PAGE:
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Mandated Reporting Among School Personnel: Differences Between Professionals Who Reported a Suspected Case and Those Who Did Not

NCJ Number
Journal of Aggression, Maltreatment and Trauma Volume: 15 Issue: 2 Dated: 2007 Pages: 21-37
Ernst O. VanBergeijk
Date Published
17 pages
This study examined the reporting experience of designated reporters within the New York City public school system.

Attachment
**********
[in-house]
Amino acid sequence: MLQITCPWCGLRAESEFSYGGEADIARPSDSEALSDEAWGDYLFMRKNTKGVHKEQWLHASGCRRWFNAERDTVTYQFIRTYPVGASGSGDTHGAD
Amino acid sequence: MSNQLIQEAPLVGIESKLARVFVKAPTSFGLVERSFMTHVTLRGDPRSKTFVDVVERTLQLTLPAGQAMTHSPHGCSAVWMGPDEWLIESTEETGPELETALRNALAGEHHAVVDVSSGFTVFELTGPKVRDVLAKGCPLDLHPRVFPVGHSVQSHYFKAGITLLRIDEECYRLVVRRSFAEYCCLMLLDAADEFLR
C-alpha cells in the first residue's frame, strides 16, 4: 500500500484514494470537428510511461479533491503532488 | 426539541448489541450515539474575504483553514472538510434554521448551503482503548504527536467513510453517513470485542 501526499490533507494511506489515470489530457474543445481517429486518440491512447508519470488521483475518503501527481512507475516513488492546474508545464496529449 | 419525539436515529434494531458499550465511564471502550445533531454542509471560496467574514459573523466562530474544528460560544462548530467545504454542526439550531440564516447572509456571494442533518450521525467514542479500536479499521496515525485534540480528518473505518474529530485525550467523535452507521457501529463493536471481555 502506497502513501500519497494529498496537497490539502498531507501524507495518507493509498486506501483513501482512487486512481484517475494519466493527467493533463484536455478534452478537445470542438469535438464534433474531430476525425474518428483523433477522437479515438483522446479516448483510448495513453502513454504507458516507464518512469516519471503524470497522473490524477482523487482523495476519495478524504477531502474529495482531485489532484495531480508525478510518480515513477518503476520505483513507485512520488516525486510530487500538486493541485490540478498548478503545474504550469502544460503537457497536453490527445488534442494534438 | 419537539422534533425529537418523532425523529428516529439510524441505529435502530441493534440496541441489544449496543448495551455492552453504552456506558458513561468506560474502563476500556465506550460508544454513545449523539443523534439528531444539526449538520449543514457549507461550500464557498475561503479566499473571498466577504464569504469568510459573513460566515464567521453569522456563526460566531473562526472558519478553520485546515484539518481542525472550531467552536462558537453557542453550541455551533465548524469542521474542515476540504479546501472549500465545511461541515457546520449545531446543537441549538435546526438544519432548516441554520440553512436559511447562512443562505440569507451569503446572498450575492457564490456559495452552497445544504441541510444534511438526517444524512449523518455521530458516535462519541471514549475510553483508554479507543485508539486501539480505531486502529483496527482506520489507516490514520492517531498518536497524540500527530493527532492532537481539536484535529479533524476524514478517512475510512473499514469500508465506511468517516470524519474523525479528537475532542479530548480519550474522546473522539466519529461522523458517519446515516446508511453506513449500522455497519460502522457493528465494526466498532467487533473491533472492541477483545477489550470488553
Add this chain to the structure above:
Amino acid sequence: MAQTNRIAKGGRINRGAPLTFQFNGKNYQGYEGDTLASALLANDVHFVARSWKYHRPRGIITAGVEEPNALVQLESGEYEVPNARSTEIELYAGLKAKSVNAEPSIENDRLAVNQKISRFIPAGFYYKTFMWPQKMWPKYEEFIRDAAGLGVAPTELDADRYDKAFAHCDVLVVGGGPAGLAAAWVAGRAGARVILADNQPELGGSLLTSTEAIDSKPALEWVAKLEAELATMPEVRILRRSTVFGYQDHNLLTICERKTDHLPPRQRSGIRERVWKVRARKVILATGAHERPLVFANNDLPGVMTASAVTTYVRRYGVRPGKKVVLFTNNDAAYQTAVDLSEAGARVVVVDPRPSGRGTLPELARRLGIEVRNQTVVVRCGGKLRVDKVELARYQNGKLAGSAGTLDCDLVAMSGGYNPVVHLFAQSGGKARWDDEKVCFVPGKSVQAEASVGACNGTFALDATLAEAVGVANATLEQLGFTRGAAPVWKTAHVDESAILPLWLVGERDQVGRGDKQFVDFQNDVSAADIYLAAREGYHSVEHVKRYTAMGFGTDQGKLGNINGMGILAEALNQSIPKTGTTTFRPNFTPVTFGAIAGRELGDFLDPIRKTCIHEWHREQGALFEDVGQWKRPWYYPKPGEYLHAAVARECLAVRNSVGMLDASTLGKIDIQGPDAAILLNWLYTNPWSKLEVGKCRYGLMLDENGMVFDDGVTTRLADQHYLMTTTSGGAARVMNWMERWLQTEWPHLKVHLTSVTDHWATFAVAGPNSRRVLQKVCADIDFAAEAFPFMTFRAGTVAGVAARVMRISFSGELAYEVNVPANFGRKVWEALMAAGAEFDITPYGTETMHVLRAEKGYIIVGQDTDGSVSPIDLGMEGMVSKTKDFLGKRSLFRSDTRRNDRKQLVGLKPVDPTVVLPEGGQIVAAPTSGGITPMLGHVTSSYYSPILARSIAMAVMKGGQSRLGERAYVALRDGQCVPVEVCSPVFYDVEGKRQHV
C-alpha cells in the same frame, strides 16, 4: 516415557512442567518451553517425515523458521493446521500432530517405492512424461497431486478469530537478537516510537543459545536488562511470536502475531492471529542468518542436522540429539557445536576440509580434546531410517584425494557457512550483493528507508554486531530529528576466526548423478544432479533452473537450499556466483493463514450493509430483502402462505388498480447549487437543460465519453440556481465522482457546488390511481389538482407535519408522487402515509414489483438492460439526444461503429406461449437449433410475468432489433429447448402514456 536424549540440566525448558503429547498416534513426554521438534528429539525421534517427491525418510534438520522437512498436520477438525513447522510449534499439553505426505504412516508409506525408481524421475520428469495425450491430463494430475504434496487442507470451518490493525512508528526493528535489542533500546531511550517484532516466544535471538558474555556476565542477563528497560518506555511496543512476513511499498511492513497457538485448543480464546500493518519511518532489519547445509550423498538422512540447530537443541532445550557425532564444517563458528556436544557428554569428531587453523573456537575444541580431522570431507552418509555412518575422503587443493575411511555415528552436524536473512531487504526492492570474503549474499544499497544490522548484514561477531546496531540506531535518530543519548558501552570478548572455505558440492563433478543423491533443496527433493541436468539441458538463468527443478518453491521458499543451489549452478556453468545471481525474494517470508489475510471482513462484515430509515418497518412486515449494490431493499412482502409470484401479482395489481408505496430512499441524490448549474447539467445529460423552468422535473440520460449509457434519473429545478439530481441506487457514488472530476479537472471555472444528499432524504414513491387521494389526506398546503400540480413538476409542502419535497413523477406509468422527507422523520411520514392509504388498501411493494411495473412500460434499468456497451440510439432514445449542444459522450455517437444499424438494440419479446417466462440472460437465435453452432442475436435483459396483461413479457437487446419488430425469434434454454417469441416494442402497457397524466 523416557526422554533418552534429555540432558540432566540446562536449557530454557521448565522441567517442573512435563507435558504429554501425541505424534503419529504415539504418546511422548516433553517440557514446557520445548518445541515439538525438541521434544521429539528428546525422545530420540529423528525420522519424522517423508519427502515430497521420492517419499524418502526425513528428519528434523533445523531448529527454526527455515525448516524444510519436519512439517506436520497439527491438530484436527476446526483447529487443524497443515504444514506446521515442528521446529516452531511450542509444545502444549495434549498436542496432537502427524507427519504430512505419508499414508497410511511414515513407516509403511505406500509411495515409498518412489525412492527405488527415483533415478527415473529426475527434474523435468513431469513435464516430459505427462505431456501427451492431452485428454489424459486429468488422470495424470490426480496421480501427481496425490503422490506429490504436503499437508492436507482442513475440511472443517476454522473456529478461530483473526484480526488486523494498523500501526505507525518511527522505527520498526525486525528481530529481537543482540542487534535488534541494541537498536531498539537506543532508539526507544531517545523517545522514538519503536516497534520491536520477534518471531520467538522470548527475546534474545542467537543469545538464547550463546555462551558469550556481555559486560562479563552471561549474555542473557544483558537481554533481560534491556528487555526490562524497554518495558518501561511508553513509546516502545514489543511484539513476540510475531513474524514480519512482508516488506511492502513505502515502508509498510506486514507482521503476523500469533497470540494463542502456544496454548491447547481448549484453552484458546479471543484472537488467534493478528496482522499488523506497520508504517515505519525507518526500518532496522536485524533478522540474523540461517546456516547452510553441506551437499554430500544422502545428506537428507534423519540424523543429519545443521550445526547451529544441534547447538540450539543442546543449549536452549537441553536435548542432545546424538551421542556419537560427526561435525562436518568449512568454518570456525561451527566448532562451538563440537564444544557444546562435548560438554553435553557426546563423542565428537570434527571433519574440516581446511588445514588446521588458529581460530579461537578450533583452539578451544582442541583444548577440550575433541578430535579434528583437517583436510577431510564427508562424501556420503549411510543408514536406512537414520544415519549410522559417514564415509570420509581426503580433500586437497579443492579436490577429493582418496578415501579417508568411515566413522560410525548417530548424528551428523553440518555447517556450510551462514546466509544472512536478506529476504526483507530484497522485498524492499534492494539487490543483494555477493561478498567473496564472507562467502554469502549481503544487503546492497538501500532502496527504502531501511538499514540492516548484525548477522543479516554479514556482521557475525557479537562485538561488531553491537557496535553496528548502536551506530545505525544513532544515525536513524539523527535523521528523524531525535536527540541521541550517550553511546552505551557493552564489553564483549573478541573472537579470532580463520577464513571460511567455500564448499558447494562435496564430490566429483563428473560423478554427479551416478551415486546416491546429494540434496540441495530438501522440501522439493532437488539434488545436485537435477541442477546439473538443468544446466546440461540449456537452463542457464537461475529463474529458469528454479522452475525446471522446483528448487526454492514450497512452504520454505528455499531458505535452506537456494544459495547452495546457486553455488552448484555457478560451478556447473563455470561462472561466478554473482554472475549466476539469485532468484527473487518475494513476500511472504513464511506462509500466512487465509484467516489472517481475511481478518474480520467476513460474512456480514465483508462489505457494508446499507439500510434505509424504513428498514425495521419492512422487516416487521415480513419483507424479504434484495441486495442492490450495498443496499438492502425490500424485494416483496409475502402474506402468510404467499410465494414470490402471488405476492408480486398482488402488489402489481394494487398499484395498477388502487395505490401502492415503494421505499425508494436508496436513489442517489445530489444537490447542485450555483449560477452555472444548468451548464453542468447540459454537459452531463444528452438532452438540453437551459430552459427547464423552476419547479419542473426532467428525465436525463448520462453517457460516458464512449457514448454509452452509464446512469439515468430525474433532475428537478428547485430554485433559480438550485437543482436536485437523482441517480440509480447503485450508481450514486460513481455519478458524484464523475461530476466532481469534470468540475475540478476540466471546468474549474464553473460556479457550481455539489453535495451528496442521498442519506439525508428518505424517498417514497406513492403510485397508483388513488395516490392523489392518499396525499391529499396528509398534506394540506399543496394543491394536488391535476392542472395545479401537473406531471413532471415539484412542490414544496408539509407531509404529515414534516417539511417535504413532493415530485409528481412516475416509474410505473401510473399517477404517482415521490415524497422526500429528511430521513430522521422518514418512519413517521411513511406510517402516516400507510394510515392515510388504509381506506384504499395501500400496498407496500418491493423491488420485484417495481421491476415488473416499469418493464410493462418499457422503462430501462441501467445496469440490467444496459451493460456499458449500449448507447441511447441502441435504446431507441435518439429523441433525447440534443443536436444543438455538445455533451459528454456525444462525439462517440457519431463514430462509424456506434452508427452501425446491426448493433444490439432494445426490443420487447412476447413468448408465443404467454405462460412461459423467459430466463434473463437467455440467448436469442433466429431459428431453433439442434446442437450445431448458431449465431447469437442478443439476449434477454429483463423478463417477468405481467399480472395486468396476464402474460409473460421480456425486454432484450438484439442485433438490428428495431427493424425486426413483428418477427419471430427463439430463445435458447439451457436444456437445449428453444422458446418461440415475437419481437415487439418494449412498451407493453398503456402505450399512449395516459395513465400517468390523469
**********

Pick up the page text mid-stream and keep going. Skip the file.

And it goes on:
Results indicate that there are a number of factors that impact the reporting of child maltreatment by school personnel. The strongest predictor of whether a designated reporter referred the last suspected case of child maltreatment to the State Central Registers (SCR) was their level of confidence that abuse had occurred. Reporting maltreatment is embedded in ethical considerations such as weighing the child’s right to protection with the family’s rights to privacy, cultural variation in the child rearing, and the possibility of State intervention. The reporter’s level of confidence predicted reporting behavior; low levels of confidence accurately reflected a lack of reportability of a particular case. Because there is an intuitive relationship between confidence and accuracy, improving the training of reporters would improve reporters’ confidence in their ability to make a determination of maltreatment, and increase their understanding of State requirements for reporting. The designated reporter’s job title was also predictive of reporting behavior. When compared to all other professionals who fill the role of designated reporters, the odds that a psychologist reported their last suspected case of abuse and neglect was 91 percent less than other professions. Psychologists either delayed a report or were less consistent in their reporting than other professionals. The presence of obstacles also predicted reporting behavior. For each obstacle that a designated reporter identified, there was a 19 percent decrease in the odds that a respondent reported the last case they suspected. Individuals who had negative experiences with Child Protective Services (CPS), difficulty communicating with the agency, or held negative opinions about the agency were less likely to report suspected cases of abuse and neglect. Although mandated reporters are given immunity from criminal or civil liability as long as they report in good faith, one quarter of the respondents feared testifying in court and legal liability. Tables, references